“I posted on Yahoo! under a pseudonym because I had fun doing it,” he wrote. “I never intended any of those postings to be identified with me.”

Mr. Mackey said the views expressed sometimes represented his beliefs. In other instances, he said, he offered different views from his own to play devil’s advocate.

He said no proprietary information on Whole Foods was disclosed.  But Mr. Mackey’s writings are proving to be a critical element in the Federal Trade Commission’s case.

I'm going to come clean and lay all my cards on the table. I do think Whole Foods cuts its rib eyes too thick. And I don't know all the issues involved in the Whole Foods / Wild Oats “merger”.

Isn't it obvious that attacking Mackey for using a pseudonym on a site that is clearly built around pseudonyms “lacks logic”?  If you want a web site where people reveal their identities, that's fine, but would you then let a “Rahodeb” join up in the first place, much less put up 1,100 postings? And maybe you need some due diligence before admitting “Surgeon General” and “Boston Cowboy” as well.

If Mackey did anything illegal, along the lines of leaking information he was legally bound to keep confidential, then criticism and legal action would be called for – but should be directed at the betrayal of responsibility, not the use of a pseudonymous identity.

So personally, in spite of all of this, I'm not going to stop shopping at Whole Foods.

Let's get to the point where web sites indicate what their policies are. If a site doesn't accept pseudonymous identities, that's perfectly reasonable.  We need icons and other mechanisms to make that clear.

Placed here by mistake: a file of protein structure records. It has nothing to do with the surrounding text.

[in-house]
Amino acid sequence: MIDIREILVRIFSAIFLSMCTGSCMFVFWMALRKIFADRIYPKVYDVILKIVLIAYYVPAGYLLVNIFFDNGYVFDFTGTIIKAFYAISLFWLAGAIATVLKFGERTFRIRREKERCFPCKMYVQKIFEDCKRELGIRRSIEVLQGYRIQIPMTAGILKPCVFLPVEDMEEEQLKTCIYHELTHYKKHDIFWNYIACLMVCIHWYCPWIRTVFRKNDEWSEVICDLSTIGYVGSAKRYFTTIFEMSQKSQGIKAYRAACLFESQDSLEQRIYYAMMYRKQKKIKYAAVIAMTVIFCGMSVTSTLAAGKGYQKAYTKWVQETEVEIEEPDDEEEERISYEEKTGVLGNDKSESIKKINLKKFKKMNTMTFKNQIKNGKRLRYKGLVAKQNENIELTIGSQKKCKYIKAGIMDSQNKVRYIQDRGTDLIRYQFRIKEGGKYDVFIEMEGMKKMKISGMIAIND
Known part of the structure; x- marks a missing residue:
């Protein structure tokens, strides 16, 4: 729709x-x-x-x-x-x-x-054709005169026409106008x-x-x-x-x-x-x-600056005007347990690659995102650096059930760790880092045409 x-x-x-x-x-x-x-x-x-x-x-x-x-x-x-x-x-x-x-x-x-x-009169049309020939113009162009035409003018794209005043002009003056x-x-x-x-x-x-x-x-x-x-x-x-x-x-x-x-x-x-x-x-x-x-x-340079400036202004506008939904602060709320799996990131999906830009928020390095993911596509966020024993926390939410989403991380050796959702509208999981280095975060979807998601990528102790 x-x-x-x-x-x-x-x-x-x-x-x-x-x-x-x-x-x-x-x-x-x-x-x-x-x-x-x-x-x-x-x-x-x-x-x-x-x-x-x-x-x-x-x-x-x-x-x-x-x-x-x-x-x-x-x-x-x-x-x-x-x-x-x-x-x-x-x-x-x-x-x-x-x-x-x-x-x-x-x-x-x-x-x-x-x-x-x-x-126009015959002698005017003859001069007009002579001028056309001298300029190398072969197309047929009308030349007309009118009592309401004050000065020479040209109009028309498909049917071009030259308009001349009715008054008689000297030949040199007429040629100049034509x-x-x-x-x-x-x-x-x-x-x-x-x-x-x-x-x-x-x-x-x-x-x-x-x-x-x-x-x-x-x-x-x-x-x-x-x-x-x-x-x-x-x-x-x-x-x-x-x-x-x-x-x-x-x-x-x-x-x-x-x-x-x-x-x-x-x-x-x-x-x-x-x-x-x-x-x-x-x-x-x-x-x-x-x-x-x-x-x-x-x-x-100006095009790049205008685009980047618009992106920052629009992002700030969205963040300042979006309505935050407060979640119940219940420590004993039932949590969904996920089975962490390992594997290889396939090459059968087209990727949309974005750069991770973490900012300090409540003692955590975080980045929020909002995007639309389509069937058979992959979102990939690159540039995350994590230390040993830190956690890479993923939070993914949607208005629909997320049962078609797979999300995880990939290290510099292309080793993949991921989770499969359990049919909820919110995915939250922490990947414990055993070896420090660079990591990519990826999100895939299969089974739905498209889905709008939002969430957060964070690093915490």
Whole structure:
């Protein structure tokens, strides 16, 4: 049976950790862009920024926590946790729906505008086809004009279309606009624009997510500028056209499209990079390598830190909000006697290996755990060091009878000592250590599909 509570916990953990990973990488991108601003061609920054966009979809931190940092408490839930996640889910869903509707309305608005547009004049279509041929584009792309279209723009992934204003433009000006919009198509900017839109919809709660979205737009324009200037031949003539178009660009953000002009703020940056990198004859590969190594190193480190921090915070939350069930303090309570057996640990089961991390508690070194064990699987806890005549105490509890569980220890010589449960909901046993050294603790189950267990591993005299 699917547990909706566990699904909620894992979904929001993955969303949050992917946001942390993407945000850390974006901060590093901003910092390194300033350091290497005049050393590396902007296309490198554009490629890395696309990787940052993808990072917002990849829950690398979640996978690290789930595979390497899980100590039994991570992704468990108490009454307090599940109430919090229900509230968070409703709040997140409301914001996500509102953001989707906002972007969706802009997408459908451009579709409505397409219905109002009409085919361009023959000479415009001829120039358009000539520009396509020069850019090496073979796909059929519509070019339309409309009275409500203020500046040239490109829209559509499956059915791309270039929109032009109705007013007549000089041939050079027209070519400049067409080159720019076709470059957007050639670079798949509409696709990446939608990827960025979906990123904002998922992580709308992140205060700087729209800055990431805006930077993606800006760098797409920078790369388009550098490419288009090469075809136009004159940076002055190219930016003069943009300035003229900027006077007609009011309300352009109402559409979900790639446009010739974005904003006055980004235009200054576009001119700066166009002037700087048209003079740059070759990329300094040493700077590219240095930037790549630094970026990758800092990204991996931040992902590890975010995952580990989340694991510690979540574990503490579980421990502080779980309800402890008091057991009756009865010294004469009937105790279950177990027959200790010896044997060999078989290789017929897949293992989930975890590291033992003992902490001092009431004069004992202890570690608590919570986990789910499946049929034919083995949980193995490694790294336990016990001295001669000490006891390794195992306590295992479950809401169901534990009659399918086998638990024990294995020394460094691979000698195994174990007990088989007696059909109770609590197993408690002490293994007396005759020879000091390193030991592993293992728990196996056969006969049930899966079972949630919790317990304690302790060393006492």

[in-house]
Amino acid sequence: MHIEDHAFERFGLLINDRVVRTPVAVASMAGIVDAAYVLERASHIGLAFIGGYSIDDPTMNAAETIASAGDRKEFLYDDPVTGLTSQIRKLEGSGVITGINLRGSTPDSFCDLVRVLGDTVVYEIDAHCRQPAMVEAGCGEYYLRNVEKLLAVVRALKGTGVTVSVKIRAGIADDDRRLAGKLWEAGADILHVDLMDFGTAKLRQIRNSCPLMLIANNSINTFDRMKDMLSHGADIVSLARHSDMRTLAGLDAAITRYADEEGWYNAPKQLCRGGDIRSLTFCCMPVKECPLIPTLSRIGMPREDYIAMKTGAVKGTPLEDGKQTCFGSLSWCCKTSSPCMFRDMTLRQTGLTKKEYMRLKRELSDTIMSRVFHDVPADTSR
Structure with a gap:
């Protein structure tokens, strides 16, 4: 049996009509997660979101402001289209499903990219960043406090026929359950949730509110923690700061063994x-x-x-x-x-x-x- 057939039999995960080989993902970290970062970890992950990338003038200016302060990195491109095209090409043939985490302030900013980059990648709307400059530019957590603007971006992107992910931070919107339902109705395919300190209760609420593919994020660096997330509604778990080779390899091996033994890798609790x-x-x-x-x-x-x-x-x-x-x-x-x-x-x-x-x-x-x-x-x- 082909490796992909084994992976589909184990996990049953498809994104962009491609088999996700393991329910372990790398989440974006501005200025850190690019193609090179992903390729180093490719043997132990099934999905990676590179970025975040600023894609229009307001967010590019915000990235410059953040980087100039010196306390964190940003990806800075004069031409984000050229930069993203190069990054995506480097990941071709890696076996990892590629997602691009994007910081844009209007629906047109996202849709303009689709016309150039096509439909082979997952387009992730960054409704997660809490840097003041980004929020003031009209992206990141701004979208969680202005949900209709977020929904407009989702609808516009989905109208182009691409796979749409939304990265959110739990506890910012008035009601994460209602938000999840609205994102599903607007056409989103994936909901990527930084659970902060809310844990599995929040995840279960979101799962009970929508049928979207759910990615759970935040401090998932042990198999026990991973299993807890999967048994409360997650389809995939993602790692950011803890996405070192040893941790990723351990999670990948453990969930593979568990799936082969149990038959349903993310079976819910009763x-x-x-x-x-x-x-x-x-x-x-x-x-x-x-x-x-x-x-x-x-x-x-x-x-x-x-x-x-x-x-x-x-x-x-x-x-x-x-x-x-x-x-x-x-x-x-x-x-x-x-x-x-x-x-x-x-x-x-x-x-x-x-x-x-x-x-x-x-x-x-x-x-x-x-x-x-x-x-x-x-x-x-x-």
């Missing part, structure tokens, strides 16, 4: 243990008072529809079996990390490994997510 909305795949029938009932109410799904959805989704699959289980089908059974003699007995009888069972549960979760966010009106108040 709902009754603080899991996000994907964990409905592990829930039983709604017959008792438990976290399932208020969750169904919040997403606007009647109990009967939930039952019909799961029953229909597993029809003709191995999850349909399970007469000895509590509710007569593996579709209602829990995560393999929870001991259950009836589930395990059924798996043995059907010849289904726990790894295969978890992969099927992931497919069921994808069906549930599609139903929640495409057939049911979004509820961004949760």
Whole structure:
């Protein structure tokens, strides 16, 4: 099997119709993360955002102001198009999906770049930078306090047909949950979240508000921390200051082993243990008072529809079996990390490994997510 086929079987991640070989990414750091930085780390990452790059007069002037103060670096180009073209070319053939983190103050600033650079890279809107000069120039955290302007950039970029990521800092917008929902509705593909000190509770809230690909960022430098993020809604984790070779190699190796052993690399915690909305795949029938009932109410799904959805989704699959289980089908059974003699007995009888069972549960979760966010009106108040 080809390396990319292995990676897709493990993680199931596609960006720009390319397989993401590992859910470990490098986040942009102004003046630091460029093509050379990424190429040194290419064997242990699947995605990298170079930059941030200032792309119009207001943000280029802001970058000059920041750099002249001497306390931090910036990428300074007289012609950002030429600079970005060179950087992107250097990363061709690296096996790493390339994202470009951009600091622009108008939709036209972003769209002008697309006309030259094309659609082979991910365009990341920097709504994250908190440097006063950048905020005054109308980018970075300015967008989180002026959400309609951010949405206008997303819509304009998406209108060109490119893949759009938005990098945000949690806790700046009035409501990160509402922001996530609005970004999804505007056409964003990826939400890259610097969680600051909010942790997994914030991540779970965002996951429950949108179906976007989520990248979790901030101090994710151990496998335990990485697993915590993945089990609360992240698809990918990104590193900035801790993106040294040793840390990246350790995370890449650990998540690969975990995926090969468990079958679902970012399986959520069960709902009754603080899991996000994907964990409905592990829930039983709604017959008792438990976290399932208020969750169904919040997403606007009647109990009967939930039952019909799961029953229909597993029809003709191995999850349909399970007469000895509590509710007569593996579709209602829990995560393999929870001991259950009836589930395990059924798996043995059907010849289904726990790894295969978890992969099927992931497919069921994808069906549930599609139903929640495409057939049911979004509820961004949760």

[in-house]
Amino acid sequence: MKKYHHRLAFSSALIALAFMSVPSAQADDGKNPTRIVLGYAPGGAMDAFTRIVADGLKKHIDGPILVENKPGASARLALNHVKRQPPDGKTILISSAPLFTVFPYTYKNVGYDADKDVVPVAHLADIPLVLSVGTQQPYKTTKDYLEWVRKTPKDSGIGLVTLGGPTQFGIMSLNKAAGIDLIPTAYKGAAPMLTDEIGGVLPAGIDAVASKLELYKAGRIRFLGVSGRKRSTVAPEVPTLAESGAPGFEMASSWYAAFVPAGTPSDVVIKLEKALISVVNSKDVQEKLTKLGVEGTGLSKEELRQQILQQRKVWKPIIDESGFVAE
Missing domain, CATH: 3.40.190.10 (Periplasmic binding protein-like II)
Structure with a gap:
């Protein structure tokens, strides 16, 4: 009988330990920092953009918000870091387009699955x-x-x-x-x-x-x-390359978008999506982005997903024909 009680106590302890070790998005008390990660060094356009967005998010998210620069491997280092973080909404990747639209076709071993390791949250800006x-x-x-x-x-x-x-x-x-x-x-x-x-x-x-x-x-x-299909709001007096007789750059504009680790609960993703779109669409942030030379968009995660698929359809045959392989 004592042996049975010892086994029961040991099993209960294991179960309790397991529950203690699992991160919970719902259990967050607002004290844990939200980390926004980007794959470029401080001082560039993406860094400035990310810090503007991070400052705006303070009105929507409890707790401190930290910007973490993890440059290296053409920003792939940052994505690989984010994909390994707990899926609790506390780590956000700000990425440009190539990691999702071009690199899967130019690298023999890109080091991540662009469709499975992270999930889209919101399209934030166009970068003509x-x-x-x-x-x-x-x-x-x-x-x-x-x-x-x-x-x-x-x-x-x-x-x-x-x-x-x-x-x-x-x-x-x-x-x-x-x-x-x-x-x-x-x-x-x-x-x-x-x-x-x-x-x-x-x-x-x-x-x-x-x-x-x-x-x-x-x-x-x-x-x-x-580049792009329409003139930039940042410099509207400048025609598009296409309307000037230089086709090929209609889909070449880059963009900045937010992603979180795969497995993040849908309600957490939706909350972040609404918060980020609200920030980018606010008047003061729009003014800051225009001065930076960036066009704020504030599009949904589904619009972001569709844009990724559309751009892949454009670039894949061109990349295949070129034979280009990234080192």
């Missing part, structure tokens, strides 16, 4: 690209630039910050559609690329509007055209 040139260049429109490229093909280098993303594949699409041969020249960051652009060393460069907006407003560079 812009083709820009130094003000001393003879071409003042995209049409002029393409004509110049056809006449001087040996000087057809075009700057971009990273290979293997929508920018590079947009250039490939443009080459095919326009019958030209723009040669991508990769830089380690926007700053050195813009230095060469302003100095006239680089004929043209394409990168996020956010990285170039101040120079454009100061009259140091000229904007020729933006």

But for those sites where pseudonymity is valued, members pay their money and take their chances.  On pseudonymous sites, you don't know who someone really is.  That means they could be anyone – even John P. Mackey – as many readers of Yahoo's finance bulletin board apparently surmised.

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Kim Cameron

Work on identity.

2 thoughts on “Guess what? Rabodeb is not his “real” name”

  1. I'd suspect the regulator SEC would want that officers of a public company who are discussing their company in a public forum not hide that they are officers.


    “”The straight-out easiest way of making a case (against Mackey) would be if his (postings) had a misstatement or omission of material facts,” [James Cox, a securities law professor at Duke University] says. Misstating or omitting material facts in interstate commerce violates the general anti-fraud provisions of the securities law, he adds. “If it turns out there was a material misrepresentation, he's going to have hell to pay,” Cox says. But even if Mackey didn't lie, Cox thinks his failure to disclose his identity could be “an omission of a material fact.””

  2. Maybe I'm way off base but this just seems too wierd. If he SPOKE as an officer of a public company and made statements that involved omission of material facts, I agree. But if he speaks through a fictional character, can that character be held to the same bar? What are the precedents?